Movie Review By Andrea Chase
The Chinese have every reason to recoil in horror at the recreational use of opium. A good case can be made for it being the reason that the empire fell, thanks to the British, who introduced the opium trade to begin with. Chen Kaige's latest film, the visually sumptuous "Temptress Moon," offers a case in horrifying point about opium's ability to mess up the lives of everyone it touches, user or not.
The film opens with a little girl looking into the camera and asking someone off screen about opium. Her eyes are wide with curiosity and when the pleasures of opium are described, an evil smile splits her face. The child, we learn is Ruyi. The young man answering her question is her opium-addicted, older brother, Zhengda. It is his addiction to and Ruyi's seduction by opium that sets in motion the tragedy that their lives will become.
Ruyi is the headstrong, pampered daughter of awealthy rural family still living in feudal splendor in 1911. Also in the household is her poor cousin, Duanwu, who is devoted body and soul to caring for her, and Zhongliang, whose job in the house is to prepare the opium pipe for Zhengda. When his sister, Zhengda's wife, herself takes to the pipe, the stage is set for an act of sexual betrayal that sends Zhongliang running from the house, but only after committing an act of revenge that will destroy four lives with sexual intrigue, decadence, and betrayal.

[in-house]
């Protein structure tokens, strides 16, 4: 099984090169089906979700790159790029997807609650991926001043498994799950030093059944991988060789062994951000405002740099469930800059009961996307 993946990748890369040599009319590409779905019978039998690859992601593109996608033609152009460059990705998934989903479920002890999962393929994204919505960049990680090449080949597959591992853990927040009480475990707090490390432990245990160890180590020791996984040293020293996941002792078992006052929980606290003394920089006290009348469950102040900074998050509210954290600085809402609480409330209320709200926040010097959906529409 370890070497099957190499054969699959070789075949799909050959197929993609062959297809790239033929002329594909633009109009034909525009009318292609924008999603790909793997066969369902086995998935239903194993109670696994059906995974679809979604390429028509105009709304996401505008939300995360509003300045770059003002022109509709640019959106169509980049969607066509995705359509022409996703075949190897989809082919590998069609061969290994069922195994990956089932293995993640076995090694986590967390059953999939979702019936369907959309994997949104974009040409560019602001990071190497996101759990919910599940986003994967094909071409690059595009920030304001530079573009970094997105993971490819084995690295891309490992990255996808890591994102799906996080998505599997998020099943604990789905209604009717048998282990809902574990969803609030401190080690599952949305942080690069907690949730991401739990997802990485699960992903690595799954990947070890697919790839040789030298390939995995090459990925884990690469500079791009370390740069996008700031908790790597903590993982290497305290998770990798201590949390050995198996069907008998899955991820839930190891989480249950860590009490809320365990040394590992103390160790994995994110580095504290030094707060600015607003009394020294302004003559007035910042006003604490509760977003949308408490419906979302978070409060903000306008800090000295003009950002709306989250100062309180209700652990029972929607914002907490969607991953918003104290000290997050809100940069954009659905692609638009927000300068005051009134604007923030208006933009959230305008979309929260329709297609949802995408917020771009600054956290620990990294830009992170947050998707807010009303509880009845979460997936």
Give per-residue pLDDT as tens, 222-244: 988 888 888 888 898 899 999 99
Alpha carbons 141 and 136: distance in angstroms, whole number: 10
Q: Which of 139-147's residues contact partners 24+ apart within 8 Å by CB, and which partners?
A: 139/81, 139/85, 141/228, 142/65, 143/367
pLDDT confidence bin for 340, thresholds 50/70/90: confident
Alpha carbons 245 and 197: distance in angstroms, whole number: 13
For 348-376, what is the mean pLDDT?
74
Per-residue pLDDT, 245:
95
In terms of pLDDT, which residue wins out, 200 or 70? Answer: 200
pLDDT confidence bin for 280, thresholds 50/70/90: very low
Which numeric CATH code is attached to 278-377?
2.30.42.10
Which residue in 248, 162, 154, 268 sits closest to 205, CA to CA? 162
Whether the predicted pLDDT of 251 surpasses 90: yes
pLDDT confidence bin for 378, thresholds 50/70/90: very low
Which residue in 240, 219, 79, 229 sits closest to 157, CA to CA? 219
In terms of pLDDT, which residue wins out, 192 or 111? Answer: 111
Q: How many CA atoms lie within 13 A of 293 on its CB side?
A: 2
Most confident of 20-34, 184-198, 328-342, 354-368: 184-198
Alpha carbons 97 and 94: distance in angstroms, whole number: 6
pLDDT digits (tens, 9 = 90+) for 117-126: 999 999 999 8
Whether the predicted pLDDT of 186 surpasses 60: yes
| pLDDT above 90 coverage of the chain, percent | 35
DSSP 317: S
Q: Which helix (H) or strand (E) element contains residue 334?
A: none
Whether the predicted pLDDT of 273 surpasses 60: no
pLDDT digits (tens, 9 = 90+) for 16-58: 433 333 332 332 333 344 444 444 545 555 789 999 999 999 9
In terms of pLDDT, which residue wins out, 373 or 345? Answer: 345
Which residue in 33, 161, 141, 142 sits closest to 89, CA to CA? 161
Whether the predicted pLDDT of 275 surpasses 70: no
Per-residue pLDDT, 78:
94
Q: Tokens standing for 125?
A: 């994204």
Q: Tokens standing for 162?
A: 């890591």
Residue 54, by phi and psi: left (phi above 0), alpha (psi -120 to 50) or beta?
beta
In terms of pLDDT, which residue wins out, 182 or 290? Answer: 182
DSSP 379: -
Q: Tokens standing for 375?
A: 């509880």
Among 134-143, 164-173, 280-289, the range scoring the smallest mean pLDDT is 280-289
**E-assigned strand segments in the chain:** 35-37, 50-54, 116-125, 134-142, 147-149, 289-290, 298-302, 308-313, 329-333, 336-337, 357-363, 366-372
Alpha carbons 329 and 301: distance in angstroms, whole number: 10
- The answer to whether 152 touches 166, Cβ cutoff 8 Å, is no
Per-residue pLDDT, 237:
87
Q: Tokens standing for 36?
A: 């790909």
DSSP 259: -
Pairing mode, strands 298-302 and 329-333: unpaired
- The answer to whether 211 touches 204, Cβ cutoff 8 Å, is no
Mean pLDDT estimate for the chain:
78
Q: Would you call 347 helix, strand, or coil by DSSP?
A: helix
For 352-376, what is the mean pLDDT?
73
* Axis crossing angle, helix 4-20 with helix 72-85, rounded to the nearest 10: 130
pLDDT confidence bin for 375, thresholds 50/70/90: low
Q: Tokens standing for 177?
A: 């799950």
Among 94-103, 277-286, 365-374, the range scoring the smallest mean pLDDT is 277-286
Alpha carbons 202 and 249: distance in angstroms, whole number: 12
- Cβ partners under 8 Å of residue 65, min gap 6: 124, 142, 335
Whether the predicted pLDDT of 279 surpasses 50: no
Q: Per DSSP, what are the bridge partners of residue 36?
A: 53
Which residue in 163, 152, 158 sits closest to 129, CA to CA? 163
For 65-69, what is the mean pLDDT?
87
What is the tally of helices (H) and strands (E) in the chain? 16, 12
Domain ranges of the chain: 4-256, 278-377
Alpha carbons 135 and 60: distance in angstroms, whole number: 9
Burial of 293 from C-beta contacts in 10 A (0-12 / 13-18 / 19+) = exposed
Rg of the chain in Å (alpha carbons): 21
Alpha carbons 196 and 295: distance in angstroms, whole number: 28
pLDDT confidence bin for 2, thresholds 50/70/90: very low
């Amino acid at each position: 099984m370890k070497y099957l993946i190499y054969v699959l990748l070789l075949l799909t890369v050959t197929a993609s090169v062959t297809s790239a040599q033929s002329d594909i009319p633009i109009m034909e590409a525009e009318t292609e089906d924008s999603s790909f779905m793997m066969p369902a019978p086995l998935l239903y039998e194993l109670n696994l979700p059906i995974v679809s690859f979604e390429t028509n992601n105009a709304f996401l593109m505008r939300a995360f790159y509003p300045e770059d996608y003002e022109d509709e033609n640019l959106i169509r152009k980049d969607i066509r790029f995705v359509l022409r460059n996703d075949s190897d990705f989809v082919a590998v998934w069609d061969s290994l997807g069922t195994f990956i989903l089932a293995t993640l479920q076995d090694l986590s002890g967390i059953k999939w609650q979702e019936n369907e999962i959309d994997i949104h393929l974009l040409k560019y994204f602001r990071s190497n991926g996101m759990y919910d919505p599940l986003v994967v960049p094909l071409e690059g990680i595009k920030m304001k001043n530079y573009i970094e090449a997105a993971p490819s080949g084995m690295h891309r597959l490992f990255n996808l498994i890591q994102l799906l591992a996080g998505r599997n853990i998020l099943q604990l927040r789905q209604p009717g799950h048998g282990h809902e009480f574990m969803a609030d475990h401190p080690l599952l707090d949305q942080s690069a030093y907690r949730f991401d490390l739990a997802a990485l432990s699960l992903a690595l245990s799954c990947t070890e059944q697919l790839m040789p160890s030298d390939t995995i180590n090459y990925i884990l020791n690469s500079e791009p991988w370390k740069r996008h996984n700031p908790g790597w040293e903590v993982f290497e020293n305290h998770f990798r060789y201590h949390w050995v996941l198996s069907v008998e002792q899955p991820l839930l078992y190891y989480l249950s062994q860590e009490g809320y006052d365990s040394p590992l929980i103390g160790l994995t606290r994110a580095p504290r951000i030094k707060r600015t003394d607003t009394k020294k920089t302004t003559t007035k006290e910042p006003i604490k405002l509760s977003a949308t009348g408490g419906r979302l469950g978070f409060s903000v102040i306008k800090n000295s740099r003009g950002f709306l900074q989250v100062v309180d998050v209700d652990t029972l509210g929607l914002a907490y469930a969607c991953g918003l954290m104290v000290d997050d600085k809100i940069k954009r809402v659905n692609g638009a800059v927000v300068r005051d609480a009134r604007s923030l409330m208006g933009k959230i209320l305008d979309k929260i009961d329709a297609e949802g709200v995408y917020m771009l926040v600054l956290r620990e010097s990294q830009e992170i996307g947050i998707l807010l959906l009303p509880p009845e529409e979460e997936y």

The story, spanning ten years, is photographed sometimes with a fisheye lens, but always with liberal use of tracking shots. The effect on the viewer is what the world might look like through an opium eaters' eyes. The dreamy quality also drives the performances, which are subtle but devastating, particularly Kevin Lin as the faithful cousin, who goes from lackey to demon with only one small, startling change of expression and Leslie Cheung who plays the wronged and vengeful Zhongliang with eyes as hard and cold as obsidian.
"Temptress Moon" tells a riveting story of people so consumed by drugs and anger that they are no longer able to distinguish between happiness and despair. And perhaps driven beyond the ability to feel anything.
© 1997 • Andrea Chase • Air Date: 6/18/97
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